What I've Been Reading | 2017 Fall Reading List

I'm in an unofficial book club with some people I work with. We have a makeshift library in our office, where books filter through our tiny group. They all pretty much fall into the category of psychological thriller, with the main protagonist's being women. Brendan thinks I solely read novels where battered wives slay their husbands.

That's not true.

But it's not completely false either.

It's probably going to seem true, considering this list of what I've read recently paired with my personal thoughts minus the spoilers.

The Woman In Cabin 10 is about a travel journalist Lo Blacklock who is sent on assignment to review a new luxury cruise ship. It's a project she's been dreaming about, having been waiting for an opportunity to prove herself to her boss and break into the world of travel writing. Hours before she is to board the ship, Lo falls victim to a robbery. Shaken from her experience, she insists on attending the cruise. Seemingly safe in her cabin, Lo quickly becomes a pawn in another horror story. She witnesses a body being thrown overboard and becomes consumed with reaping justice on the mystery victim's behalf.

While I enjoyed the book, it wasn't my favorite female-lead mystery. At times, it felt like the author honed in on certain details repeatedly. Like, I understood that the protagonist struggled with anxiety and continued to drink to excess, worsening her symptoms. Can we talk more about details I actually care to know more about, like Lo and Ben's past?

In A Dark, Dark Wood is about Leonora, also a writer (swoon), who is invited to a bachelorette party for a friend she hasn't spoken to in 10 some odd years. Begrudgingly, she agrees to go. Several tequila shots and a few lines of coke later, Nora and friends realize they aren't alone.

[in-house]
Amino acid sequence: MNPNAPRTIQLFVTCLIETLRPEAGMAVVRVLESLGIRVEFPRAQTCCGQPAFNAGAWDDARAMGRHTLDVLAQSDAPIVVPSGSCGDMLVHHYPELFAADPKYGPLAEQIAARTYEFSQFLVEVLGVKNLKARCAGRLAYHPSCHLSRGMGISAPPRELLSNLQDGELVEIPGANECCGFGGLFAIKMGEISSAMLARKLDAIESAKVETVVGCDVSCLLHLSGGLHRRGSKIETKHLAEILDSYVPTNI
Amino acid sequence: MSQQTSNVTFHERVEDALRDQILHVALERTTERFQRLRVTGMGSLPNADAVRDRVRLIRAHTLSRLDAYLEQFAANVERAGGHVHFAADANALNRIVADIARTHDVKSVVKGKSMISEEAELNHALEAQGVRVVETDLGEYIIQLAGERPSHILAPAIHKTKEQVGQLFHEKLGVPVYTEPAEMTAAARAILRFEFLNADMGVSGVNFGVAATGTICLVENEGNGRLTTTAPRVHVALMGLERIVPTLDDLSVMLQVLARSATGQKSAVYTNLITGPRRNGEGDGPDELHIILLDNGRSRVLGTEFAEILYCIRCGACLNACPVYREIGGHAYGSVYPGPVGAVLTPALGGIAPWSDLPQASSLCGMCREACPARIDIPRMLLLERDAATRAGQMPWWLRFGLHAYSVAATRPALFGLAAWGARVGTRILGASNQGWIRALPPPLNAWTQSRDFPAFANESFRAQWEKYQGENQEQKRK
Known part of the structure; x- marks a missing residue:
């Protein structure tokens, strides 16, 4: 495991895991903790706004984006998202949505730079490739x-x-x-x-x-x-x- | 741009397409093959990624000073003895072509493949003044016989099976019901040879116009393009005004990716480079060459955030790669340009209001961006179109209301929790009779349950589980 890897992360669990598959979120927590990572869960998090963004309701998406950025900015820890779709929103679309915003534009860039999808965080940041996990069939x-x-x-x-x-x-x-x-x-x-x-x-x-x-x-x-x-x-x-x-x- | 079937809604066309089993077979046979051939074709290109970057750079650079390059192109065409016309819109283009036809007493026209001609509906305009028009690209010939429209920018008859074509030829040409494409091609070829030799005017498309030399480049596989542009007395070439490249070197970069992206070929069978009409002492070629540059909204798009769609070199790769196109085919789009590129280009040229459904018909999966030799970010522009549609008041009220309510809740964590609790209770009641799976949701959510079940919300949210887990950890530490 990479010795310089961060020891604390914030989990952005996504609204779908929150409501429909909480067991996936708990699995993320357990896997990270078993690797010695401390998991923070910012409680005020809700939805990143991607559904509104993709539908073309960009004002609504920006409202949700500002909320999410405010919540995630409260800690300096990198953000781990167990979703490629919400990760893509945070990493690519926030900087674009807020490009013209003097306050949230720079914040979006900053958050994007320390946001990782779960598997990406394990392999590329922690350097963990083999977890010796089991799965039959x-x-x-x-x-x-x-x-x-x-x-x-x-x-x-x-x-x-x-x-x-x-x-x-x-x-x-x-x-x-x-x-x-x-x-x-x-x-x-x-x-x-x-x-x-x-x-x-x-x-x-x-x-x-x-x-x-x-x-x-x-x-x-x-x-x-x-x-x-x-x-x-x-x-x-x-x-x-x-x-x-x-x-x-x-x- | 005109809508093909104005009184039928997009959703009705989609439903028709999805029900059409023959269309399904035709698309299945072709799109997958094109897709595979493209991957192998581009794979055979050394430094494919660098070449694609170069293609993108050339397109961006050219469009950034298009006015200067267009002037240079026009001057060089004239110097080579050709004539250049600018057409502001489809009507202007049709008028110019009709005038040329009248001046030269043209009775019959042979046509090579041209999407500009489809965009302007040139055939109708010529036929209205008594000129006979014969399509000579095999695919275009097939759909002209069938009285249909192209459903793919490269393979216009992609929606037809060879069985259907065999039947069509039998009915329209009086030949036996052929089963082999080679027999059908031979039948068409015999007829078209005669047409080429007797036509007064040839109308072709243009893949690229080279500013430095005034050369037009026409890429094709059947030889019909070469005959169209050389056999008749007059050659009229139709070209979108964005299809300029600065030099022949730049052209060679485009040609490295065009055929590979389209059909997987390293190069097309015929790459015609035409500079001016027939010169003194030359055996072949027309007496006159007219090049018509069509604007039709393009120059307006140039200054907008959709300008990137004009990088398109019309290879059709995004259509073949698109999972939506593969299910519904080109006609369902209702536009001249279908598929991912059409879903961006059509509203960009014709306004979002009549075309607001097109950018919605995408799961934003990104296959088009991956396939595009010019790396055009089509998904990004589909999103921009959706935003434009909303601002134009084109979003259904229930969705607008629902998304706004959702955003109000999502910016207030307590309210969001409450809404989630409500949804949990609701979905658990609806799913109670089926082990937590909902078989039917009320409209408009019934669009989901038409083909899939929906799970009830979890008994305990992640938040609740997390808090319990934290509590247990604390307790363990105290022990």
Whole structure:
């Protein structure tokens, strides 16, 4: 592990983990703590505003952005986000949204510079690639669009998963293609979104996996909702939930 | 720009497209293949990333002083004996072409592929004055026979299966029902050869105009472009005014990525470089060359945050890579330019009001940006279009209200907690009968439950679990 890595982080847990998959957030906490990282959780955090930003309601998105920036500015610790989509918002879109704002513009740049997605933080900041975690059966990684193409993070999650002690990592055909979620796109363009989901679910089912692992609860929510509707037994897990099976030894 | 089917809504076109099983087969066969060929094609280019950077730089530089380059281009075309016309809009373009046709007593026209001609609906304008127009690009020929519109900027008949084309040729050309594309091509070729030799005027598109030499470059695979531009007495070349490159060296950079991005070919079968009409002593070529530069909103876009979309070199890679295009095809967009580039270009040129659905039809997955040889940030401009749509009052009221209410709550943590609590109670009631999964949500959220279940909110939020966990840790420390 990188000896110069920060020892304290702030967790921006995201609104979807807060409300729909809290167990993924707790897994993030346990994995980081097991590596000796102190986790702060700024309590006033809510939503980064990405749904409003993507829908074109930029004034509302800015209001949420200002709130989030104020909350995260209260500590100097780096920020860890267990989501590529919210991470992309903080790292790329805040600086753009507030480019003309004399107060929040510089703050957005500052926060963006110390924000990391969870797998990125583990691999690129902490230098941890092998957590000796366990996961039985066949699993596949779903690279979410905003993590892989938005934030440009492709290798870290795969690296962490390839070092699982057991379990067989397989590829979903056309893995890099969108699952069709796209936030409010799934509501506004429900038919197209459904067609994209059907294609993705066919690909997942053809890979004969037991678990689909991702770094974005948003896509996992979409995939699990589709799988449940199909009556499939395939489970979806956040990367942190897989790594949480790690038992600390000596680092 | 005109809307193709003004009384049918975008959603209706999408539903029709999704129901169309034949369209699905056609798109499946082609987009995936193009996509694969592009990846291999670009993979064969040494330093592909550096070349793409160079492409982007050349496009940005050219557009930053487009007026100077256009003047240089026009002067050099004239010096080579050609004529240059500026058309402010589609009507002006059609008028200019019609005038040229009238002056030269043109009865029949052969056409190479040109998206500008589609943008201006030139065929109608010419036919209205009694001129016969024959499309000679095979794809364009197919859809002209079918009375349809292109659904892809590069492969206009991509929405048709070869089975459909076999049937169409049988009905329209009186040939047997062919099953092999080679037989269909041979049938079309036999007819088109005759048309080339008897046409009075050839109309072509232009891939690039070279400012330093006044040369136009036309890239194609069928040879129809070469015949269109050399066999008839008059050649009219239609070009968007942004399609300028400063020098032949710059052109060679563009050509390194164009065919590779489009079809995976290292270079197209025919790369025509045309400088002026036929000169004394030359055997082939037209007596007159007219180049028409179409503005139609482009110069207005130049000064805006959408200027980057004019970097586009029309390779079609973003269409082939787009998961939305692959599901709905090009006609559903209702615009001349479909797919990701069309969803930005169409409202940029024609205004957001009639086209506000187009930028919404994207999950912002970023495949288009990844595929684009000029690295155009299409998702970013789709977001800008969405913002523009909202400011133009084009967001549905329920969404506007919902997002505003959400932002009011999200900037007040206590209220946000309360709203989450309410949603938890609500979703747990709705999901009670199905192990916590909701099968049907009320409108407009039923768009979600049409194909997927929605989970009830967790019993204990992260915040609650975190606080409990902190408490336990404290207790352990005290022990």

I thought this was the better work of Ruth Ware's. It dragged on at certain parts, rehashing the same small details like Cabin did, but overall it was a good read that I gasped at a time or two. The twist was certainly better - for a minute you think the book is going one direction, but it takes a way better turn and the things that go down and why they go down are well thought out. Certainly made me rethink any kind of bachelorette party in the woods I might be invited to.

The Kind Worth Killing was one of the first books I've read in a while written by a male author that wasn't Chuck Palahniuk. Peter Swanson did, in my opinion, take on the roles of the good, the bad, and the ugly for both sexes in this mind-screw of a tale. Basically boy meets girl, girl lustfully agrees to kill for boy, and something goes horribly wrong. There are more players in this tale then you would think, which makes the twist that much better.

Killing was definitely worth the read. I would say more, but then I'd spoil the ending.

This Is Not Over. God, can I even summarize this? Not my favorite book. Basically the tale of a woman who rents her home as an AirBnB who cannot live with one negative review, and a woman who made it her life's purpose to destroy said renter's reputation on the internet (something I would totally do, and one of the only aspects of the book I truly appreciated).

On a more scholastic note, I did enjoy the layout of the book and the way the conflict came to light. Overall, though, I would say pass on this one. It was a major time suck for a lack-luster twist at the end.

All The Missing Girls is up next. I read a few chapters and then got distracted with other things, but so far so good. What are you reading?